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PhotoTransistor Based Eye-Tracking

eyetrack

The applications of eye-tracking devices are endless, which is why we always get excited to see new techniques in measuring the absolute position of the human eye. Cornell students [Michael and John] took on an interesting approach for their final project and designed a phototransistor based eye-tracking system.

We can definitely see the potential of this project, but for their first prototype, the system relies on both eye-tracking and head movement to fully control a mouse pointer. An end-product design was in mind, so the system consists of both a pair of custom 3D printed glasses and a wireless receiver; thus avoiding the need to be tethered to the computer under control . The horizontal position of the mouse pointer is controlled via the infrared eye tracking mechanism, consisting of an Infrared LED positioned above the eye and two phototransistors located on each side of the eye. The measured analog data from the phototransistors determine the eye’s horizontal position. The vertical movement of the mouse pointer is controlled with the help of a 3-axis gyroscope mounted to the glasses. The effectiveness of a simple infrared LED/phototransistor to detect eye movement is impressive, because similar projects we’ve seen have been camera based. We understand how final project deadlines can be, so we hope [Michael and John] continue past the deadline with this one. It would be great to see if the absolute position (horizontal and vertical) of the eye can be tracked entirely with the phototransistor technique.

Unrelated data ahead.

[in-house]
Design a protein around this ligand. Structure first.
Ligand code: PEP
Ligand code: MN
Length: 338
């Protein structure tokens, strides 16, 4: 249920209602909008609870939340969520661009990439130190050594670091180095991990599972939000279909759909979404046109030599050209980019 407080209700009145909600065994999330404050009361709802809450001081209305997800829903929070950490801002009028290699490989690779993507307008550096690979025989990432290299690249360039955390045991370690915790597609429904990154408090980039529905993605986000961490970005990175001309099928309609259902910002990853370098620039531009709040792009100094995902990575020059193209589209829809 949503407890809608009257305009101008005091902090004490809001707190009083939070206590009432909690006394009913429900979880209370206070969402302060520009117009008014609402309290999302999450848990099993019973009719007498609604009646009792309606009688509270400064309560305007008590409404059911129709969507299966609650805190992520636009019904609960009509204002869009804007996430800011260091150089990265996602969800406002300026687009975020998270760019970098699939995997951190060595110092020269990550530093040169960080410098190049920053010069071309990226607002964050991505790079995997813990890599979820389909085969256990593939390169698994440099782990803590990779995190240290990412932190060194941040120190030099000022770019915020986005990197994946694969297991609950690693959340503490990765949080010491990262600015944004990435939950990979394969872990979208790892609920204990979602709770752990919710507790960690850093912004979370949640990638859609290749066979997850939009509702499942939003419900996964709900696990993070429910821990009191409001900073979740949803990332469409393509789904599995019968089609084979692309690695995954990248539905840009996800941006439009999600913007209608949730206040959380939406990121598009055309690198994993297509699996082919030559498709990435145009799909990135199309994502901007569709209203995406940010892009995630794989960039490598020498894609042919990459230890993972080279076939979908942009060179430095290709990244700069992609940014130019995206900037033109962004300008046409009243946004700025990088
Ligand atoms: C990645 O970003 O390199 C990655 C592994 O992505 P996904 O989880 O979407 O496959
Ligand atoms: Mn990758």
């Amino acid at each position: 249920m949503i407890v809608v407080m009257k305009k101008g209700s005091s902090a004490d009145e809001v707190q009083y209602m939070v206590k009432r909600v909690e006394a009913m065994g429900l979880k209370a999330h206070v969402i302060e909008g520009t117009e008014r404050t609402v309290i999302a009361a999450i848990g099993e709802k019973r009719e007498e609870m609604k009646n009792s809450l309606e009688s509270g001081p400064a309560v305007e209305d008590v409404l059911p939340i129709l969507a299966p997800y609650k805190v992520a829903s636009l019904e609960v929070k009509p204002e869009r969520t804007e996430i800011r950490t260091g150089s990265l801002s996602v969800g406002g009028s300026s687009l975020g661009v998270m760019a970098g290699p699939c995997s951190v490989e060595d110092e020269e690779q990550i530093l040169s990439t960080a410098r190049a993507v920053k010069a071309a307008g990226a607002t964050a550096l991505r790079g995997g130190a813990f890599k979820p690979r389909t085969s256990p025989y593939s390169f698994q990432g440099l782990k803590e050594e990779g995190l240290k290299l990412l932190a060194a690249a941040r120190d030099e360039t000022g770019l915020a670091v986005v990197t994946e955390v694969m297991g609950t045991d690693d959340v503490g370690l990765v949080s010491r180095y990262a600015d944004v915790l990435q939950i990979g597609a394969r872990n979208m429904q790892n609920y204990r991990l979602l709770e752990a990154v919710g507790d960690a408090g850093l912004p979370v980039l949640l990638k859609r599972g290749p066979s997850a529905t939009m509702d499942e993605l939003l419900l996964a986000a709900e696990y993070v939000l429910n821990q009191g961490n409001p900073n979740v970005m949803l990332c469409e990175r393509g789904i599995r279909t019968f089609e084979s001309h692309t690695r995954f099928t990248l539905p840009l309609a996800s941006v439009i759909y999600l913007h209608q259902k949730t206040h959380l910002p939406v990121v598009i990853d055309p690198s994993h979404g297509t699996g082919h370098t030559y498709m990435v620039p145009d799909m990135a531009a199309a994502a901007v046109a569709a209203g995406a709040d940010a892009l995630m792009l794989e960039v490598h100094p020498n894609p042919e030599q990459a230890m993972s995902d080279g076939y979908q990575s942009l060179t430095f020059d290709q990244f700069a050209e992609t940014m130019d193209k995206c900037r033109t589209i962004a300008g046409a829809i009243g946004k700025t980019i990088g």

Comments

  1. TacticalNinja says:

    Since they’ve included a “3-axis” gyro there, why not use it for both vertical and horizontal positioning of the mouse cursor? And use the IR eye tracker for other stuff like enabling the movement of the mouse (if one eye closed), a click (if one eye blinked), and other stuff. Also, with this set-up they could control the speed/acceleration of the mouse cursor.

  2. Json says:

    Uhm, putting infrared led in front of the eye, is sending heat energy right into the eye, and the eye doesn’t have pain receptors to let you know your causing damage.

    So, does this damage the eye or not? I won’t get into a debate, I have my area of expertise in this matter and others have theirs, so I just ask, think about it and research it.

  3. HC says:

    Eye tracking is a terrible method of cursor control for non-disabled people. The position of the eye only roughly correlates to what one’s attention is actually on. Eye movement is a scanning sampled data system. Even a brief reading of a summary of how the human visual system captures and analyzes a scene will tell you how unsuited this is for cursor control. Smoothing this movement out enough to position a cursor, say, between two letters on a page slows it far past the speed of a mouse.

  4. notabena says:

    Json,

    I second your opinion on infrared in front of the eyes. Some people think eyes are a copy & paste replacement option.

    You only get one pair eyes…

    Always wear sunglasses in the daytime and in all night clubs that have any ultra-violet effects. Ask any employe that works those venues they always state they have lost sensitivity to low light details of dark areas. I personally know of people who have cases of blindness because of their retina’s where fired. Your Iris doe not clamp down to prevent harm to the eyes.

  5. tekkieneet says:

    Thought I should point out that the IR diode current calculation is incorrect – forgot to take into account of the IR diode drop of 1.3V-1.6V @50mA.

  6. dioxide says:

    hm. my contacts block 96% uva, 99% uvb. wonder if a low powered uv led would have a lower overall exposure than ir. not that im particularly worried about it, my laptop display probably has more effect on my eyes than the led theyre using in this project.

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